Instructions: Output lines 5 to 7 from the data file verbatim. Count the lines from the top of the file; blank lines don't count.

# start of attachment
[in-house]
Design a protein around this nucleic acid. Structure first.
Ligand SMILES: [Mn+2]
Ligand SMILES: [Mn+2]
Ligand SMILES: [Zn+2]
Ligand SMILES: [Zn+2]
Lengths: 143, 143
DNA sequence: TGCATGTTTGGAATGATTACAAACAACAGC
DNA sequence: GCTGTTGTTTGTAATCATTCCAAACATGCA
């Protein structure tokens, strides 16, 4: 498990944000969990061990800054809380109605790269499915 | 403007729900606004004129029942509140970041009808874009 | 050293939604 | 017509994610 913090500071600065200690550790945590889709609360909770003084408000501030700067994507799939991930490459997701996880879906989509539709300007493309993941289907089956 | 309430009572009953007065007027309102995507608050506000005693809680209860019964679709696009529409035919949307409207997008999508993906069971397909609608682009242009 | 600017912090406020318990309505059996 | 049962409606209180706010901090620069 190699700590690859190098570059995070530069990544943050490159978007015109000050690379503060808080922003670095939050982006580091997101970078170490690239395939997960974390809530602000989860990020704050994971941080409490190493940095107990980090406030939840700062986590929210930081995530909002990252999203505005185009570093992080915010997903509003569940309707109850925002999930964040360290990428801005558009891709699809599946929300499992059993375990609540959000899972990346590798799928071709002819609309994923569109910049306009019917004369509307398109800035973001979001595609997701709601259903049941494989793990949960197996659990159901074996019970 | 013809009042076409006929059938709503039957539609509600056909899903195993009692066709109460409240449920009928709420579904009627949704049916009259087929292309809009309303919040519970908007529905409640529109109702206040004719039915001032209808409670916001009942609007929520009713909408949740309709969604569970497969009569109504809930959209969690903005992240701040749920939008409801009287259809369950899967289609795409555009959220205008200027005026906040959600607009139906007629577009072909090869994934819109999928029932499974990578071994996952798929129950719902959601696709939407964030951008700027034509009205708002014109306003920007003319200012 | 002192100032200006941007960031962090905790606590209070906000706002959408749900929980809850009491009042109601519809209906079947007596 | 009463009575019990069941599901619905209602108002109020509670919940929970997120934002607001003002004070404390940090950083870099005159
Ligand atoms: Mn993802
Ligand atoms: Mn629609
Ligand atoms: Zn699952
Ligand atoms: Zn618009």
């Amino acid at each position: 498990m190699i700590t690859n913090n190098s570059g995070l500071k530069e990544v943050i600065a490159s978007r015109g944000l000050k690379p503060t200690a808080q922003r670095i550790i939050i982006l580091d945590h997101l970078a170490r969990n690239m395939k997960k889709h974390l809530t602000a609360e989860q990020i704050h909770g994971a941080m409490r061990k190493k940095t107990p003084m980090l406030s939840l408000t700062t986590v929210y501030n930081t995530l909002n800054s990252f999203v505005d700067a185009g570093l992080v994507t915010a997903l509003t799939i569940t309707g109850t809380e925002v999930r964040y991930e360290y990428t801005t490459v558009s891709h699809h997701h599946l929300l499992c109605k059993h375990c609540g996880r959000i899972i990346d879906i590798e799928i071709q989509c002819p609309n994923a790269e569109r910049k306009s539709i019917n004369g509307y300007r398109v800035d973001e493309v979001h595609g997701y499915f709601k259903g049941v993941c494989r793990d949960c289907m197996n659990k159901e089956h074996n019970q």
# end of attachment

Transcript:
Ligand SMILES: [Zn+2]
Ligand SMILES: [Zn+2]
Lengths: 143, 143